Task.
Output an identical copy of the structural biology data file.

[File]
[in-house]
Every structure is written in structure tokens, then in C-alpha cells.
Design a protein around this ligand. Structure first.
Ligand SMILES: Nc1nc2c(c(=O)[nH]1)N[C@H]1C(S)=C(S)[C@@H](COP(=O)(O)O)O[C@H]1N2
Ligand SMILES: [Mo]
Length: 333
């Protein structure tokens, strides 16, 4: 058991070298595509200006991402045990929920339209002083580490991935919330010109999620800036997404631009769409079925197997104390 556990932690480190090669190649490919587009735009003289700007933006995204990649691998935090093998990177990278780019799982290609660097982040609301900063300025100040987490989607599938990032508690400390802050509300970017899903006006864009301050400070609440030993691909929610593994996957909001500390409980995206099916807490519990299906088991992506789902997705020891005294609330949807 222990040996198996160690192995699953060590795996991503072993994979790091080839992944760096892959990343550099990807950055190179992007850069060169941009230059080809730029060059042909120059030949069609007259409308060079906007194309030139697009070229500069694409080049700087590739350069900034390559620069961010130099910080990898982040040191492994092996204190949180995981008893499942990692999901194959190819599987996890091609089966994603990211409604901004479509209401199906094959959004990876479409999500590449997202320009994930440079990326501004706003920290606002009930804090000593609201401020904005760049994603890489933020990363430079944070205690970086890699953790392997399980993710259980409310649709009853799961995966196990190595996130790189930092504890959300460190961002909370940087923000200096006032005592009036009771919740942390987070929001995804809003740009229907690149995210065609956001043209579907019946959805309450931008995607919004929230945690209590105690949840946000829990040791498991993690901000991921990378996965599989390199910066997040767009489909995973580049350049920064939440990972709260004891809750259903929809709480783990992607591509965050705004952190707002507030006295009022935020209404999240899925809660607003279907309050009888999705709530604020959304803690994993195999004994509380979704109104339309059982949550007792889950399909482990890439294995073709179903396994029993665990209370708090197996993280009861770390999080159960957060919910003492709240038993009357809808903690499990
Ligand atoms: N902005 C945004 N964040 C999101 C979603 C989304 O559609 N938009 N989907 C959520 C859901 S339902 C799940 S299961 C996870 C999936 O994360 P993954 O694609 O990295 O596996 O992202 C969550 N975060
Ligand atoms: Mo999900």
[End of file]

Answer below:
[in-house]
Every structure is written in structure tokens, then in C-alpha cells.
Design a protein around this ligand. Structure first.
Ligand SMILES: Nc1nc2c(c(=O)[nH]1)N[C@H]1C(S)=C(S)[C@@H](COP(=O)(O)O)O[C@H]1N2
Ligand SMILES: [Mo]
Length: 333
């Protein structure tokens, strides 16, 4: 058991070298595509200006991402045990929920339209002083580490991935919330010109999620800036997404631009769409079925197997104390 556990932690480190090669190649490919587009735009003289700007933006995204990649691998935090093998990177990278780019799982290609660097982040609301900063300025100040987490989607599938990032508690400390802050509300970017899903006006864009301050400070609440030993691909929610593994996957909001500390409980995206099916807490519990299906088991992506789902997705020891005294609330949807 222990040996198996160690192995699953060590795996991503072993994979790091080839992944760096892959990343550099990807950055190179992007850069060169941009230059080809730029060059042909120059030949069609007259409308060079906007194309030139697009070229500069694409080049700087590739350069900034390559620069961010130099910080990898982040040191492994092996204190949180995981008893499942990692999901194959190819599987996890091609089966994603990211409604901004479509209401199906094959959004990876479409999500590449997202320009994930440079990326501004706003920290606002009930804090000593609201401020904005760049994603890489933020990363430079944070205690970086890699953790392997399980993710259980409310649709009853799961995966196990190595996130790189930092504890959300460190961002909370940087923000200096006032005592009036009771919740942390987070929001995804809003740009229907690149995210065609956001043209579907019946959805309450931008995607919004929230945690209590105690949840946000829990040791498991993690901000991921990378996965599989390199910066997040767009489909995973580049350049920064939440990972709260004891809750259903929809709480783990992607591509965050705004952190707002507030006295009022935020209404999240899925809660607003279907309050009888999705709530604020959304803690994993195999004994509380979704109104339309059982949550007792889950399909482990890439294995073709179903396994029993665990209370708090197996993280009861770390999080159960957060919910003492709240038993009357809808903690499990
Ligand atoms: N902005 C945004 N964040 C999101 C979603 C989304 O559609 N938009 N989907 C959520 C859901 S339902 C799940 S299961 C996870 C999936 O994360 P993954 O694609 O990295 O596996 O992202 C969550 N975060
Ligand atoms: Mo999900």